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HOME  > Past issues  > 2020 February 26 - March 3  > Gov't uses even prewar law to control prosecutors as it wants
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2020 February 26 - March 3 [POLITICS]

Gov't uses even prewar law to control prosecutors as it wants

February 27, 2020
The Abe Cabinet, in order to install a pro-government chief of Tokyo prosecutors as the Public Prosecutor General, has brought forward even a prewar law to accomplish this.

Japanese Communist Party representative Fujino Yasufumi in a Lower House Budget Committee meeting on February 26 grilled the Cabinet regarding the extension of the mandatory retirement age of incumbent Superintending Prosecutor of the Tokyo High Public Prosecutors Office, Kurokawa Hiromu. The Cabinet in late January, by reinterpreting the retirement rule set under the National Public Service Act, decided to extend Kurokawa's required age of retirement.

Unlike other government officials, the mandatory retirement age for prosecutors is set by the Public Prosecutor's Office Act (65 years old for the public prosecutor general and 63 for public prosecutors). Based upon a reflection of Japan's prewar history, this law was made to enable the sake of separation of powers between the administrative, legislative, and judiciary branches of government.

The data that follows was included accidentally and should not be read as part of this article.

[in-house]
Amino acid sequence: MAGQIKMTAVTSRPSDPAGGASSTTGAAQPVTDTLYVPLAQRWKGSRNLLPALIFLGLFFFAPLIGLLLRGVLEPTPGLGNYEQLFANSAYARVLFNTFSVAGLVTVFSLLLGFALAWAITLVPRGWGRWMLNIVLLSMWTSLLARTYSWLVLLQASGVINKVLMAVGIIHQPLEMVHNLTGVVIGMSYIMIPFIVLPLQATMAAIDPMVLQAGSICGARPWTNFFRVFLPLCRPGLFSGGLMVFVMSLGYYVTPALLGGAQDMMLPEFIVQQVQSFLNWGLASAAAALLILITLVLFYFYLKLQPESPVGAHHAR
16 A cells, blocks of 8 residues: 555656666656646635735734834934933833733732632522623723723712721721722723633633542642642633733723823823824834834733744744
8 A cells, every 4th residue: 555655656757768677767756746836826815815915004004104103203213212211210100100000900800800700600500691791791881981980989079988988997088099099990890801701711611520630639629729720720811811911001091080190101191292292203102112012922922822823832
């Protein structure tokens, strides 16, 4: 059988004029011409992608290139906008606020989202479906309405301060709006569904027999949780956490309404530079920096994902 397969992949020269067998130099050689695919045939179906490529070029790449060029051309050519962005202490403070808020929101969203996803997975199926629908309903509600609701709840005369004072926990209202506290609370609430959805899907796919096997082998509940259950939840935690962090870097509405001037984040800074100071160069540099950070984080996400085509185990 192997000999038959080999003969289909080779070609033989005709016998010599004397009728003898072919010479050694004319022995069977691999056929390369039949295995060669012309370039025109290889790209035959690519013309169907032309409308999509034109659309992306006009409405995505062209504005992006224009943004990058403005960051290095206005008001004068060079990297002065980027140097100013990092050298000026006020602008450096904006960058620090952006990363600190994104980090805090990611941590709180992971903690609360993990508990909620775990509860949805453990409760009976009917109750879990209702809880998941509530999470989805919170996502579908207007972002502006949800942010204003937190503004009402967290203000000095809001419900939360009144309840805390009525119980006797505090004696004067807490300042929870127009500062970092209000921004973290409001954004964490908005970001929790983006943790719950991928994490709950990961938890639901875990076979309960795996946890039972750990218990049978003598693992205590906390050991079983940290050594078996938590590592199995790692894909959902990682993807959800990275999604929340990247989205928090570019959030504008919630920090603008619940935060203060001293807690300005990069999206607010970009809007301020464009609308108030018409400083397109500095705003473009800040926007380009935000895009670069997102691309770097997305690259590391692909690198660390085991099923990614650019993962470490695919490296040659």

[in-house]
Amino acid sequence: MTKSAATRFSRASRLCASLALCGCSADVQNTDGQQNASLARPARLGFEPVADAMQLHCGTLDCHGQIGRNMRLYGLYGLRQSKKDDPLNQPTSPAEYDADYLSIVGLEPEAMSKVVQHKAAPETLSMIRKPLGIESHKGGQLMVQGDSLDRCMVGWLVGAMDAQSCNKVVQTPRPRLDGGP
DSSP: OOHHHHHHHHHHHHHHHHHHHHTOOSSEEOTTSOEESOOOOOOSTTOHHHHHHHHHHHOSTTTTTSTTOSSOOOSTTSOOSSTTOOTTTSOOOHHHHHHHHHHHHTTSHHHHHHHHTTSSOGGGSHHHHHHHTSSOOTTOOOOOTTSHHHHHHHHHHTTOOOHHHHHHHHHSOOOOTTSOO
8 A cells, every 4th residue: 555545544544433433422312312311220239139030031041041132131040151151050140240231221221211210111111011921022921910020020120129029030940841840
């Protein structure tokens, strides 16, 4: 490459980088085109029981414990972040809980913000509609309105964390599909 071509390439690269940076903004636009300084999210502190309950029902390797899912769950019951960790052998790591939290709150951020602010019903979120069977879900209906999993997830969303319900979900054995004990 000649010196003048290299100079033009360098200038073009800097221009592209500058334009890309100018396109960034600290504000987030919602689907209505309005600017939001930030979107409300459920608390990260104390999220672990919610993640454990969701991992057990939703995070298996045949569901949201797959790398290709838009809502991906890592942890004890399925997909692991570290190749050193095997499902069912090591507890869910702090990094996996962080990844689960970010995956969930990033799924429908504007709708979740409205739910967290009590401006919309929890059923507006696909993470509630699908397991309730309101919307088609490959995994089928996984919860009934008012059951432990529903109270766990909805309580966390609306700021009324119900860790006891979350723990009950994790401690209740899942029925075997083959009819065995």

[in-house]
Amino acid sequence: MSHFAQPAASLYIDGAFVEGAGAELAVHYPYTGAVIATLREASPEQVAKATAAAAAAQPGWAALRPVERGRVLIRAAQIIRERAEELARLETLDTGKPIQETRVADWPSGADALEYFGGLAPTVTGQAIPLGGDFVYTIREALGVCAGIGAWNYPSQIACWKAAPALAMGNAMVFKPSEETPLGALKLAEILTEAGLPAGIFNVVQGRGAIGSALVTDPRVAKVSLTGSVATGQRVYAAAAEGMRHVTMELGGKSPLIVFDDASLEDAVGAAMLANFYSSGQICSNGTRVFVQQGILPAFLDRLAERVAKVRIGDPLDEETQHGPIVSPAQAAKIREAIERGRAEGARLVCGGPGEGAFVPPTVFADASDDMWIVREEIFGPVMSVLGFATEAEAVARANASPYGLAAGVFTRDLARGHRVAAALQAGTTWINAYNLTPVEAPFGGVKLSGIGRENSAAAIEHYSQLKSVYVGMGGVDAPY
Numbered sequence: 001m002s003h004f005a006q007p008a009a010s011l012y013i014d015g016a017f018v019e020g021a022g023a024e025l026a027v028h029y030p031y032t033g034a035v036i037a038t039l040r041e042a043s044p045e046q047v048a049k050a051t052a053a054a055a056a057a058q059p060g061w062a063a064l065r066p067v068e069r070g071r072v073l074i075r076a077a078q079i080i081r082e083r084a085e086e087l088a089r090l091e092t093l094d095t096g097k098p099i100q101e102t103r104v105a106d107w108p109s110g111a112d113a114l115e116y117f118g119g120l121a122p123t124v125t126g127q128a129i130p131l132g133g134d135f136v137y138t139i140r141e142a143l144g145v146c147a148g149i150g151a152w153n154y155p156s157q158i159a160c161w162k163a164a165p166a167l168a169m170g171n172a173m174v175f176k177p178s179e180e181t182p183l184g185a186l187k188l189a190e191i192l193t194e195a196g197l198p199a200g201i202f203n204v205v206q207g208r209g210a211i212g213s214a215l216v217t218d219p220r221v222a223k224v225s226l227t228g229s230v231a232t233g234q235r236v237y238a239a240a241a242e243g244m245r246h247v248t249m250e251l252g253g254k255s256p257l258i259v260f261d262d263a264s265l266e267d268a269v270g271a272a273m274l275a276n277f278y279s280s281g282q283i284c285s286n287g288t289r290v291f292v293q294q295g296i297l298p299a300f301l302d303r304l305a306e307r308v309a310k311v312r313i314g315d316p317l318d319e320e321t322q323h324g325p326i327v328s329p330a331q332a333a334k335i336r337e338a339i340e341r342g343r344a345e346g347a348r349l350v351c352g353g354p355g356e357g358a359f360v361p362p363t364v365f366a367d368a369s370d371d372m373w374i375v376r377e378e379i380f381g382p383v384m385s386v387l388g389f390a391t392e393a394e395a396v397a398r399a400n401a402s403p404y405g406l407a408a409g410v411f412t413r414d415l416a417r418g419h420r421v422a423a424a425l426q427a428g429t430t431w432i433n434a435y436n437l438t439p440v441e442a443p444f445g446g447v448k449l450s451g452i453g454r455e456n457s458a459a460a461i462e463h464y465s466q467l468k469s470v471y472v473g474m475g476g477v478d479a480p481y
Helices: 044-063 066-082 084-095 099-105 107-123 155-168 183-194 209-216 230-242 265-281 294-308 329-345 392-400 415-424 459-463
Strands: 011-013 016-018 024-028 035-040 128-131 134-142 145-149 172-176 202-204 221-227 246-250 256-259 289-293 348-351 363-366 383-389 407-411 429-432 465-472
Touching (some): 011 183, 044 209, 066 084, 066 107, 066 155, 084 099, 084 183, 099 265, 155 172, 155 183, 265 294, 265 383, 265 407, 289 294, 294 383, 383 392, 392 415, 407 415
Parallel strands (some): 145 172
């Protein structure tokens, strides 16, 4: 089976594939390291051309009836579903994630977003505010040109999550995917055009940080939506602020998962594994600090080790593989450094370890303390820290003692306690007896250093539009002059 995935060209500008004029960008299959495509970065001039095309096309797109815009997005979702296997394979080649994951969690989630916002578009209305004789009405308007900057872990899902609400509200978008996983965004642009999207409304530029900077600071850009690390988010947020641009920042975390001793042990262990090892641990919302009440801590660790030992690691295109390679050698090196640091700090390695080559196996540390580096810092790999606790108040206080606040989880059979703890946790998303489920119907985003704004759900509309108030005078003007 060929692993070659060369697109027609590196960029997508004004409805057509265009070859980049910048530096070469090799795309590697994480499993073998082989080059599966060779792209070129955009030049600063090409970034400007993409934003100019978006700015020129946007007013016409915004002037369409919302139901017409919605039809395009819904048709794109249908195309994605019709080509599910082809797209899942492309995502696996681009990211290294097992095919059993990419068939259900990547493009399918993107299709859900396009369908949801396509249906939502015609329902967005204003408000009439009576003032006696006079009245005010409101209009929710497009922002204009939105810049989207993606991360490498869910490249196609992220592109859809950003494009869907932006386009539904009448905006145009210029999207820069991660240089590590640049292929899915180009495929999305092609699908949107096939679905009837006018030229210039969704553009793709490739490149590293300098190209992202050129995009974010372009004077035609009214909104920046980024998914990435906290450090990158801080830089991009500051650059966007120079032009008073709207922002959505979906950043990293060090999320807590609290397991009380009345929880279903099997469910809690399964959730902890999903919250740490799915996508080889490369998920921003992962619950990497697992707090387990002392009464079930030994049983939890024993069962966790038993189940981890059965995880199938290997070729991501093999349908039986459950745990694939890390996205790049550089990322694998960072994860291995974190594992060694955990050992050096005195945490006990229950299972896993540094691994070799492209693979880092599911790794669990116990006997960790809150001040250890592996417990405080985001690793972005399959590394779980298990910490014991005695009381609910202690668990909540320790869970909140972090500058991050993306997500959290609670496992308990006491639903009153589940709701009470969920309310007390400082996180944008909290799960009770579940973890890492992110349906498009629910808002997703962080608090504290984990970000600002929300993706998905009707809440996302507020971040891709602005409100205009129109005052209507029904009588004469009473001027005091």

JCP Fujino in the committee meeting criticized the Justice Ministry for resorting to using the former Act of the Constitution of Court which provided for the prosecutors' retirement age under the prewar Constitution of the Empire of Japan. The ministry took advantage of this old law to justify that the National Public Service Act is applicable to public prosecutors and that it is possible to extend public prosecutors' mandatory retirement age. Fujino pointed out that the former Act of the Constitution of Court was a law established under the extremely outdated and abnormal legal structure where the concept of separation of powers did not exist.

Quoting the statements made in the Diet by a former Minister of State and a former Minister of Justice, Fujino explained that many unjust crackdowns and human rights violations occurred in the course of criminal proceedings before and during the war and that the postwar Constitution, reflecting on these miscarriages of justice, stipulates the protection of basic human rights as well as the independence of the judiciary. Therefore, Fujino said, there are laws pertinent to criminal suits and prosecution separate from the Court Act.

He demanded the withdrawal of the Cabinet decision to extend Kurokawa's retirement age.

Kurokawa is 63 years of age now and has little experience as an on-site prosecutor. He mainly worked for the Justice Ministry. In the Abe regime, he assumed the post of deputy vice minister and administrative vice minister of justice. It has been suspected that the Cabinet may want the pro-government Kurokawa to be the next Public Prosecutor General so as to make decisions in favor of the Abe government.

Past related article:
> Abe Cabinet decision supposedly seeks to exert political influence over prosecution officers [May 18, 2015]
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